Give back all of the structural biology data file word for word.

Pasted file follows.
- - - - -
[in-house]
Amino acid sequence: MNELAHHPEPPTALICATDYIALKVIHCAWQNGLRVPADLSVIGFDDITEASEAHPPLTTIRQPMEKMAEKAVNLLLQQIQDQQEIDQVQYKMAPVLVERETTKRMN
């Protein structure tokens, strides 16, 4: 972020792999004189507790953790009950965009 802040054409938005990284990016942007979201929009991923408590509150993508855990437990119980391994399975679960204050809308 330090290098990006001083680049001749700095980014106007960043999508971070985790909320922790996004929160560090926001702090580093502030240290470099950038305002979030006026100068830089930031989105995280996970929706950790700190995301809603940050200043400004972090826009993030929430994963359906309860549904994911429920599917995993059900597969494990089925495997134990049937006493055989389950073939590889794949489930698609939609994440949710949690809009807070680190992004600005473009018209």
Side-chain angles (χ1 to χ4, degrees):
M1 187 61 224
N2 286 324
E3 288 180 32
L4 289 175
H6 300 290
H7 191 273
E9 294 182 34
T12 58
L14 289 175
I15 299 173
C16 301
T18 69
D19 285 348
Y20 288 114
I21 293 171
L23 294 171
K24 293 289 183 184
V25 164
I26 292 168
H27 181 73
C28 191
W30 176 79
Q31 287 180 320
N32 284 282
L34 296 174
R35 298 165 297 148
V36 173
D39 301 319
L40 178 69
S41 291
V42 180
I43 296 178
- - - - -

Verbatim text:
[in-house]
Amino acid sequence: MNELAHHPEPPTALICATDYIALKVIHCAWQNGLRVPADLSVIGFDDITEASEAHPPLTTIRQPMEKMAEKAVNLLLQQIQDQQEIDQVQYKMAPVLVERETTKRMN
């Protein structure tokens, strides 16, 4: 972020792999004189507790953790009950965009 802040054409938005990284990016942007979201929009991923408590509150993508855990437990119980391994399975679960204050809308 330090290098990006001083680049001749700095980014106007960043999508971070985790909320922790996004929160560090926001702090580093502030240290470099950038305002979030006026100068830089930031989105995280996970929706950790700190995301809603940050200043400004972090826009993030929430994963359906309860549904994911429920599917995993059900597969494990089925495997134990049937006493055989389950073939590889794949489930698609939609994440949710949690809009807070680190992004600005473009018209």
Side-chain angles (χ1 to χ4, degrees):
M1 187 61 224
N2 286 324
E3 288 180 32
L4 289 175
H6 300 290
H7 191 273
E9 294 182 34
T12 58
L14 289 175
I15 299 173
C16 301
T18 69
D19 285 348
Y20 288 114
I21 293 171
L23 294 171
K24 293 289 183 184
V25 164
I26 292 168
H27 181 73
C28 191
W30 176 79
Q31 287 180 320
N32 284 282
L34 296 174
R35 298 165 297 148
V36 173
D39 301 319
L40 178 69
S41 291
V42 180
I43 296 178